Monday, February 16, 2015

Author Interview: R.S. Mellette (Billy Bobble Makes a Magic Wand)

Billy Bobble Makes a Magic Wand is an enchanting upper middle grade novel that will make you believe in the power of magic. 

Here’s the official blurb:

"E = mc2 is no longer the most powerful force in the universe. Your wand is." Twelve-year-old Billy and his best friend Suzy Quinofski didn't mean to change the universe. Billy, a quantum physics prodigy, just wanted to find a way to help his hoarding, schizophrenic mother – and maybe impress a coven of older girls in high school. Suzy, his intellectual equal, wanted to help her friend and cling to her last remnant of childhood, a belief in magic. Together they made Billy a real, working, magic wand, and opened a door to the Quantum World where thoughts create reality, and all things – good and bad – are possible.

Author R.S. Mellette’s career trajectory spans film, television and theater, in addition to fiction writing.  He worked on Xena! Let me repeat that: HE WORKED ON XENA! 

I am thrilled he agreed to join us today to introduce us to the smartest kid in the universe!

(By the way, there's a Rafflecopter giveaway at the end of this post. Xena fans for sure will want to check it out.)

Tell me about Billy Bobble Makes a Magic Wand.

This book is the story of a 12-year-old kid, Billy, who is into quantum physics, and his best friend, Suzy Quinofski, who is into microbiology.  Together they make a real, working, magic wand… but have no idea how to use it.

I've tried to make this a science-fiction book for the whole family.  I can't wait to find out from readers if they feel that I've succeeded.

What inspired you to tell Billy’s story?

There were a lot of little things that inspired Billy's story, which is to say, if fans read or hear different stories, don't fret.  They are all true.  One of the things that got me started was spending time in the Science-Fiction section of bookstores.  They are packed with vampires, werewolves, witches and wizards.  Don't get me wrong, I love those stories, but they aren't sci-fi. 

My inner 12-year-old got into a huff about it, so I started thinking, "if you want witches and wizards in the Sci-Fi section, then have them come from a scientific source."

About that time, the movie The Craft reran on TV.  It's a great movie to watch on a rainy day, or a late night.  This time, my inner 12-year-old asked me why I didn't hang out with girls like that coven when I was their age.  I laughed.  "Yeah, like those girls would give you (me), a kid totally into science, the time of day."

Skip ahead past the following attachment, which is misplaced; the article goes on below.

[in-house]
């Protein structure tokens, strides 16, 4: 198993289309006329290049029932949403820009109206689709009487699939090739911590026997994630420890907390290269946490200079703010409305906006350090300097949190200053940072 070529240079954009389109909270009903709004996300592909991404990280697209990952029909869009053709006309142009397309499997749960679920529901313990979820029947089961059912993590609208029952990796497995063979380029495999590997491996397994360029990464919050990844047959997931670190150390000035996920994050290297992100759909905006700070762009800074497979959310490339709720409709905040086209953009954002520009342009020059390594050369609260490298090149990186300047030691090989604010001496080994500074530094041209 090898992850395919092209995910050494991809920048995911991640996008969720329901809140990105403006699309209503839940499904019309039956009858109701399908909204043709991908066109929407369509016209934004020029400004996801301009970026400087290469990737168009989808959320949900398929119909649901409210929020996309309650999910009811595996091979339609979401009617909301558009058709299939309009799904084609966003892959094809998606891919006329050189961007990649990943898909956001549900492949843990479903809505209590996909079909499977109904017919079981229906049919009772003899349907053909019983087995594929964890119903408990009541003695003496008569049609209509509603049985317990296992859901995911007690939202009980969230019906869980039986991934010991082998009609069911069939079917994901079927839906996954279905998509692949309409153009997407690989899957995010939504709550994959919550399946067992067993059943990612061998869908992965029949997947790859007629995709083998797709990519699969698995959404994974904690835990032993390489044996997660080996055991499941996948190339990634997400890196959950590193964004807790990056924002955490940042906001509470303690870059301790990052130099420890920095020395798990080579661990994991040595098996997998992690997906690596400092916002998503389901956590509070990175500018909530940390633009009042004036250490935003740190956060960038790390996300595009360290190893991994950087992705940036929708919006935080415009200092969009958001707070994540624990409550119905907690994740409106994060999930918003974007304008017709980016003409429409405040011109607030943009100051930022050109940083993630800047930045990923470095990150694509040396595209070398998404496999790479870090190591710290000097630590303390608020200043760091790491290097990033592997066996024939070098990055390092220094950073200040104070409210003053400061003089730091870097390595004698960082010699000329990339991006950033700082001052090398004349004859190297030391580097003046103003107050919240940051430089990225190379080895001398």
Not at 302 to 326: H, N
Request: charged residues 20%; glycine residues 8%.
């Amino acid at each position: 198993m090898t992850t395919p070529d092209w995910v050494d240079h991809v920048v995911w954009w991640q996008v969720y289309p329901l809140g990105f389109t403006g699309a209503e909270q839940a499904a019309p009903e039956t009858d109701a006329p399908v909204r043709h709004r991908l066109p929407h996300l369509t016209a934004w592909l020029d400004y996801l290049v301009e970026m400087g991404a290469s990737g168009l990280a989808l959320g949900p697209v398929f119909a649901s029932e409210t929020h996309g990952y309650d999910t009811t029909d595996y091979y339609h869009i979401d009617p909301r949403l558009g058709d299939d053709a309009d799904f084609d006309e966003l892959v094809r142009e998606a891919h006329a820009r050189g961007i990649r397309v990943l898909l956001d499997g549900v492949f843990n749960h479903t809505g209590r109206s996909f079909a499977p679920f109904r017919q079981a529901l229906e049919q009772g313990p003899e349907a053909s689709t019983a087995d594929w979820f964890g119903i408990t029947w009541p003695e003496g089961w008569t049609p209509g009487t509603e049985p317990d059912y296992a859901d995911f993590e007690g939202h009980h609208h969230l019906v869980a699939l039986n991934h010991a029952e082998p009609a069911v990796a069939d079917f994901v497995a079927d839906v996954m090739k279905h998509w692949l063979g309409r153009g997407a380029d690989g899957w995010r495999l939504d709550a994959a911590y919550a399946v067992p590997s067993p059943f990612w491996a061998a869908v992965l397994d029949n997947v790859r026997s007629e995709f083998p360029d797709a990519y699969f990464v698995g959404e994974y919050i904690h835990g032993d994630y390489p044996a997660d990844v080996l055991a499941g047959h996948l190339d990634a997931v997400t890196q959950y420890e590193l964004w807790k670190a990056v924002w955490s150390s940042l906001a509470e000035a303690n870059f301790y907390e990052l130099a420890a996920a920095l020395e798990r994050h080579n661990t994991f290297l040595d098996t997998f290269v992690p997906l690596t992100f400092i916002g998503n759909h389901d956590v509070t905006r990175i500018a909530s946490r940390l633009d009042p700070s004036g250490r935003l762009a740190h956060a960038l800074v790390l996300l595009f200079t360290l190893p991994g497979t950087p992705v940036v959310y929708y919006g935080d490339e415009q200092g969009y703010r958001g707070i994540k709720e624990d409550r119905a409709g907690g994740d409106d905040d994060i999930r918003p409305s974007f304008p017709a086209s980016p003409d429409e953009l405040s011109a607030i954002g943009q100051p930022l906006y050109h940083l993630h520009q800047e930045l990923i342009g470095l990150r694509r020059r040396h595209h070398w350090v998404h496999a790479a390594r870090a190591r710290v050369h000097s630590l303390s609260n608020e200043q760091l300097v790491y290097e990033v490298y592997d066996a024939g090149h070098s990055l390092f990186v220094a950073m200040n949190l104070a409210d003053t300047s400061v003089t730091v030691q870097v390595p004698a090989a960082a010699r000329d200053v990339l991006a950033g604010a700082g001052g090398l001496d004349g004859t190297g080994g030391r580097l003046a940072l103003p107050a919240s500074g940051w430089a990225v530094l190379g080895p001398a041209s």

The idea of a science nerd like me having a crush on a coven of witches joined with my desire to see more Science in the Science-Fiction section got the creative juices flowing.

Can you bring us into your world a little bit? Billy and his best friend “made” a magic wand. How does the real world change for them? 

For one thing, they get two new friends from the Quantum World.  It turns out that Billy knows a ton about quantum physics, but it's aware that beings live in that reality.  Where we are mostly mass, with a tiny bit of energy, they are mostly energy with a tiny bit of mass.

It turns out that Billy's wand opens a connection between these two worlds, which have had a symbiotic relationship as long as life as existed.

When Billy first uses the wand all he wants to do is escape the ridicule and bullying from the entire school, so he disappears.  For real, totally, disappears from the universe.  That scares him so badly that he and Suzy use the wand sparingly from then on.  They only have a vague idea how it works, and are a little freaked out by the power of what they have made.

In writing this book, I think I've spent more time asking myself, "How would our world change if we could make real magic?"  It then gets more complicated when that power is in the hands of kids.  Still, I approach the question from an adult perspective.  This isn't a "silly" book.  I hope it will make the reader think as much as I have had to.

How did they pull off creating this wand? What was the “science” behind it?

That's the question of the first half of the book.  Let's see if I can explain it without giving away too many secrets.

Einstein tells us that Space and Time are connected, and that nothing can travel faster than the speed of light.  But… paired quantum particles – which, when you change the spin of one, the other one changes its spin instantly – change their spin faster than a single could move from one particle to the other.  So, something is able to break the universe's speed limit.  That's all real science.